I realize that March was a long time ago, especially for those of us who have problems remembering what we had for lunch yesterday, but that month, I had made an entry about a documentary that was in production. Great news! It’s been released, and it’s free to view. In fact, I’ve inserted it below. If you have 51 minutes to spare, I highly suggest taking a look at it.
For the most part, I really enjoyed the film. It’s full of personal stories of families and adults powerfully impacted by dyslexia, the difficulty they faced and what helped them get through it. The filmmakers also provided some excellent suggestions towards making societal changes, so fewer people will struggle as terribly as a result of how poorly dyslexia is currently handled by the educational system and the general culture we live in.
Here are a few things that struck me:
The powerful influence childhood treatment affects people well into adulthood
Two of the interviewees, Cornell Amerson and Mark Harbaugh, really demonstrated how much they still suffer from how poorly they were treated in school.
Cornell is an outstanding artist and an author who’s still held back from his dream of designing space craft by his lack of education. He obviously has an amazing talent for spacial relationships, and it’s easy to see his intelligence from the way he speaks. His book is The Janitor’s Secret, which I intend to pick up once we get another few paychecks in the bank. (Everything insurance comes due in August, apparently. Blech.)
Mark Harbough is the president of Ditch Witch Midwest, which is geared towards excavation machinery. As he was talking about his meeting with his high school advisor, he got a bit emotional. It sounds as if his advisor had basically just given up on him, and told him to give up on his dream of going to college. Instead, Mark chose a smaller school, passed, and is now obviously a president of his own company.
I think both of these guys’ stories hit home for me because I have so many similar memories that are just as painful to think about. However, the fact that they have both succeeded in doing things the majority of people out there will never do – writing a book and running their own company – speaks volumes of what’s possible with hard work.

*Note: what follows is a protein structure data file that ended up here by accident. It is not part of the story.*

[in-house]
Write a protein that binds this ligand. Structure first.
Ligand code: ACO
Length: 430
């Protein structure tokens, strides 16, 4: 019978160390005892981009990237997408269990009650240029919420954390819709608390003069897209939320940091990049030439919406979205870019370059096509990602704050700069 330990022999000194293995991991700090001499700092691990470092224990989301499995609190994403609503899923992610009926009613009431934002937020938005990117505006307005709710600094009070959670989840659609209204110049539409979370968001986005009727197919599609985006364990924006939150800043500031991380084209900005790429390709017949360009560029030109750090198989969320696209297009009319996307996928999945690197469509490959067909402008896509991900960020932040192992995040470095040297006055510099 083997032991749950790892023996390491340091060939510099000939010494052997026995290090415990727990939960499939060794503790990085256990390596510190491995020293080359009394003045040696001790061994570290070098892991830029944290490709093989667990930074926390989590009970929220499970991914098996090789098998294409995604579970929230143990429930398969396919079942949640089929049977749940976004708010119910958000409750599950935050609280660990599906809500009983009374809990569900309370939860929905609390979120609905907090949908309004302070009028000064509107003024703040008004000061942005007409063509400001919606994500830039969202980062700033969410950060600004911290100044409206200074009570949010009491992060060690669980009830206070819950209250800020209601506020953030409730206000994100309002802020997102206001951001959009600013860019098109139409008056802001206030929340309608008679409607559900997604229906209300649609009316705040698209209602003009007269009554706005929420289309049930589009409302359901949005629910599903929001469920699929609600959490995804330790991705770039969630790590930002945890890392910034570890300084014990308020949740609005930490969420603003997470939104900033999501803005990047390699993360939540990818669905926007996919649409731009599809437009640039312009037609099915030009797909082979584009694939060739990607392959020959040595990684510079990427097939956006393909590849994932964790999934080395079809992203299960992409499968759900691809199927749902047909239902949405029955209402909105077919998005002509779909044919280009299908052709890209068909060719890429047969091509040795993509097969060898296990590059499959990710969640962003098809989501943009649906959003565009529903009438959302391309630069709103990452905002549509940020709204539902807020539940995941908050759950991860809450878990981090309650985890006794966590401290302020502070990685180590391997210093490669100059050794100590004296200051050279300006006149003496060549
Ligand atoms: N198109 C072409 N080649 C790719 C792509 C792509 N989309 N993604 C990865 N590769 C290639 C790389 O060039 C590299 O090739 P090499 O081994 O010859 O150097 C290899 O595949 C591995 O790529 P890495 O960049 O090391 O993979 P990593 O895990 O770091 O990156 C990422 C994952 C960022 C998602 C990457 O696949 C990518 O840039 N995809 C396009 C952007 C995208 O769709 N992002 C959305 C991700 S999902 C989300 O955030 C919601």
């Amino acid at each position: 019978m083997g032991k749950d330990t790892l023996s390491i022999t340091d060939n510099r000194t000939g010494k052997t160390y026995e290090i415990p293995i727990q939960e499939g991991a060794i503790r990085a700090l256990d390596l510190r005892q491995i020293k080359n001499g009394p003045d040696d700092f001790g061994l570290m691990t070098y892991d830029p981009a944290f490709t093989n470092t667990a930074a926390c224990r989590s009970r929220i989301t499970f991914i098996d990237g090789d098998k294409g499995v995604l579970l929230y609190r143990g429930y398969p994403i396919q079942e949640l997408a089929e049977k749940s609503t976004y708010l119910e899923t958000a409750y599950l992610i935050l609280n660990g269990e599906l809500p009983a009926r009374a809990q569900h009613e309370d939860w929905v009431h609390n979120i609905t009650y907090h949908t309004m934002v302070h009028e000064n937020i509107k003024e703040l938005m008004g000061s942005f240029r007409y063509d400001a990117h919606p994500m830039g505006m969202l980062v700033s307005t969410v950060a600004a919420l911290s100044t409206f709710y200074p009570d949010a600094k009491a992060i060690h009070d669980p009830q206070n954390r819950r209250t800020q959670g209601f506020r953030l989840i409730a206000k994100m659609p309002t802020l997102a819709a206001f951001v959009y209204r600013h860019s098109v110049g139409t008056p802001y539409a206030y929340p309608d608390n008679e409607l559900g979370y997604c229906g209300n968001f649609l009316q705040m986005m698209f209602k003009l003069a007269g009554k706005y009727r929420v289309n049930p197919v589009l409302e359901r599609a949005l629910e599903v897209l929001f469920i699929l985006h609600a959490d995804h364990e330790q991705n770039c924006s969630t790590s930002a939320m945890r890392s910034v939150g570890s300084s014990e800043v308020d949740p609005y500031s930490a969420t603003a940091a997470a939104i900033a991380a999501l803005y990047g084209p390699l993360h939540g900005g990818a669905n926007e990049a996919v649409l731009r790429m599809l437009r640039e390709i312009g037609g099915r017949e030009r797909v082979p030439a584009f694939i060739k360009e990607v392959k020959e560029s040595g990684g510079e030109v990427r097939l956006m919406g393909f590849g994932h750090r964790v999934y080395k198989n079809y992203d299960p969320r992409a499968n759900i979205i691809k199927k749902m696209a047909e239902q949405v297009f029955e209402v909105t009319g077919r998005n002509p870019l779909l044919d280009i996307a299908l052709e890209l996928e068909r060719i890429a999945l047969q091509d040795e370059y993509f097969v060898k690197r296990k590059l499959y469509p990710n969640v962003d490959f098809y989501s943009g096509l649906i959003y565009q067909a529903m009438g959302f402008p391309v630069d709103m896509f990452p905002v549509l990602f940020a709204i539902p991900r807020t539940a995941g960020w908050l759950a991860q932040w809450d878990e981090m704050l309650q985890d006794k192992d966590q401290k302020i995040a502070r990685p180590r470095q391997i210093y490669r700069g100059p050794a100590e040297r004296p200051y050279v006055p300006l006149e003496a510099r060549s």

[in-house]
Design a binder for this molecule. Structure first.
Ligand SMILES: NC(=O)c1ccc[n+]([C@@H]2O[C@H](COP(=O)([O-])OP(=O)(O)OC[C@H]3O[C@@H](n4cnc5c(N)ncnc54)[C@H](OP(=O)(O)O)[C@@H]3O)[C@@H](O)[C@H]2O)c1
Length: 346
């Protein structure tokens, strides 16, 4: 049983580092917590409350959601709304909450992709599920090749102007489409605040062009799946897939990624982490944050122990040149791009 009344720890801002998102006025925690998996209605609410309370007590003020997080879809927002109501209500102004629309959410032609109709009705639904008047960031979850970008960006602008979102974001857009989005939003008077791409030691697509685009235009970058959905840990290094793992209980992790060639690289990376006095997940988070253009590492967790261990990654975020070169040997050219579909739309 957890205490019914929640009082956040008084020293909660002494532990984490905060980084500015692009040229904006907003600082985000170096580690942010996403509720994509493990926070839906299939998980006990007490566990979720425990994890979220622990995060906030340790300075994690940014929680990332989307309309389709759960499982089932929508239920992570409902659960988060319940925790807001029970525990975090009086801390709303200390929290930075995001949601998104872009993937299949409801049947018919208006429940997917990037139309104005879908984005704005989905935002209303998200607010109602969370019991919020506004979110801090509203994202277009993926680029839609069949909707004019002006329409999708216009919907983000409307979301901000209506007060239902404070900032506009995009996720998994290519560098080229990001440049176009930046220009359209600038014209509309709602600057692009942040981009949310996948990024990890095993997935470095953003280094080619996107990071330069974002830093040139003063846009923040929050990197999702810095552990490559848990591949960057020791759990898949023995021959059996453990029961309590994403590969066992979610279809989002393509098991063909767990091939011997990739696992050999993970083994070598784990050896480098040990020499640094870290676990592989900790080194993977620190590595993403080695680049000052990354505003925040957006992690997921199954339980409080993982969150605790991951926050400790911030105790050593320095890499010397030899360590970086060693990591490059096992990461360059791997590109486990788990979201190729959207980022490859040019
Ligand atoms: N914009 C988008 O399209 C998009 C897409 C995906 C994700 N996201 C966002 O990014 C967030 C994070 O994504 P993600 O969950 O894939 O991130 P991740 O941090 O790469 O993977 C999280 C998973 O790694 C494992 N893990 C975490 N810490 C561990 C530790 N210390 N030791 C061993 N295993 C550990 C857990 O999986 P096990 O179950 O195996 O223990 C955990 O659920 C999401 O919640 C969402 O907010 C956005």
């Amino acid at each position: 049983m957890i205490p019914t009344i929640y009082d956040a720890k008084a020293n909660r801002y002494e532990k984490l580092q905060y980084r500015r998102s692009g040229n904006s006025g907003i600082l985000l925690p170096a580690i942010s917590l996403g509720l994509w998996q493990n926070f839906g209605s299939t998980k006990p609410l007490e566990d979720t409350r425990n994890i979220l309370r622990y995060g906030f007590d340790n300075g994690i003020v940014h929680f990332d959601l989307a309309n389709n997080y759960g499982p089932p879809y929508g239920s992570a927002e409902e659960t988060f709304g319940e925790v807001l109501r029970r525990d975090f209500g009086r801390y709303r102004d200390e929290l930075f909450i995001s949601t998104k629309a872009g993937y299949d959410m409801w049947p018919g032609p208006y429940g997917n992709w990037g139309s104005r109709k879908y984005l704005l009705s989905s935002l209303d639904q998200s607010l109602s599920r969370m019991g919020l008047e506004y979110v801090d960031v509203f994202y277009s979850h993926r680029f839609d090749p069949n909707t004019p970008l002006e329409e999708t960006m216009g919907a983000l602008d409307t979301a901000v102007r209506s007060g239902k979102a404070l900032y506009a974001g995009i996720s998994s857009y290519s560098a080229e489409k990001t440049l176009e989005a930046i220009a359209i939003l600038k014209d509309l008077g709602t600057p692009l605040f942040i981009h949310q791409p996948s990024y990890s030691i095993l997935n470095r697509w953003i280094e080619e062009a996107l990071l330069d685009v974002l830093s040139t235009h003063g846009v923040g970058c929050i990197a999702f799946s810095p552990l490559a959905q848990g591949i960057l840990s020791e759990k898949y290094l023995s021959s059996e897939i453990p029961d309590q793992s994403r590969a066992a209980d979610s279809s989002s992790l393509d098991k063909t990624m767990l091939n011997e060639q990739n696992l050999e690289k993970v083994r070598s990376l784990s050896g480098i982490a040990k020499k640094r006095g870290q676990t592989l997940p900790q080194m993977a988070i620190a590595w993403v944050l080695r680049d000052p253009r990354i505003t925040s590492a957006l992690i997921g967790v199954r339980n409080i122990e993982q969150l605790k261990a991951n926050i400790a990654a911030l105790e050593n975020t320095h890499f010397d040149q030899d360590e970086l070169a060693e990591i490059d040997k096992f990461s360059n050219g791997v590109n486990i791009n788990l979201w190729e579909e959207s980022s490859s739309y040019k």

The Value of Positive Reinforcement
Ann M. Burke’s interview was also excellent. She’s an Illinois Supreme Court Judge, who helped start the Special Olympics back in 1968. She struggled with dyslexia all throughout her schooling, but because her parents put more emphasis on doing what made her happy, she was able to achieve things throughout her life that I’m sure many didn’t think she would.
Her story demonstrates brilliantly how well positive reinforcement aimed towards reinforcing one’s strengths can make one’s weaknesses diminish enough to eliminate their disabling potential.
The Call For Change
Although I’m not a parent yet, I do realize that our future lies with the children of today. There are a lot of frightening trends, but there are also a lot of people doing excellent work towards improving the educational system in which kids are taught. However, the film points out a few specific changes that I agree with strongly.
Required Dyslexia Education
With how prevalent dyslexia is, it’s disturbing to think teachers don’t get any sort of training on how to recognize it and address it unless they seek those classes out themselves. I honestly believe that the vast majority of teachers want to help their students, but how can they help ‘problem children’ who simply have an undiagnosed learning difficulty if they don’t have training to do so?
This is a huge one for me. Most people who don’t already have a fundamental understanding of the disorder don’t realize just how common and all encompassing it is. We’re not stupid, we’re not lazy, and we can learn literacy skills with the right teaching methods. Parents need to understand it’s not something to be ashamed of, educational professionals (everyone involved in the schools-not just teachers) need to understand these kids aren’t purposely under preforming and the general public needs to understand that it’s a real type of neurology. It’s not some “fad”, nor is it an illness of some kind.
I’d also like to add that everyone learns at their own pace, and as they’re learning how to read, write or spell, they need to be respected. It’s not right to attack them because of poor grammar or spelling, nor is it right to make fun of them because of it. The basics of respect and courtesy goes a long way to making a better experience for everyone.
This one is huge. While I don’t necessarily agree with screening every single child for dyslexia, it’s still smart to screen those who are showing signs of struggling developmentally or educationally. There are very early signs and risk factors every parent can watch out for.
There’s also nothing wrong with reading to your baby from the start, and introducing methods of playing that incorporate numbers, letters and increasing level of reading/math skill. The earlier you begin your child’s education, the more likely they’ll be able to do will later in life.
Even if you or your child are past elementary school age, there’s no reason why you can’t seek help if you need it. Sites like Learning Ally, National Center for Learning Disabilities, Dyslexic Advantage and Dyslexic Kids are great starting points. You might also want to look for your state chapter of Decoding Dyslexia (the MN page is here).
Although I’m just one person who’s still learning about this whole life thing, I’m also here to offer help in whatever way I can.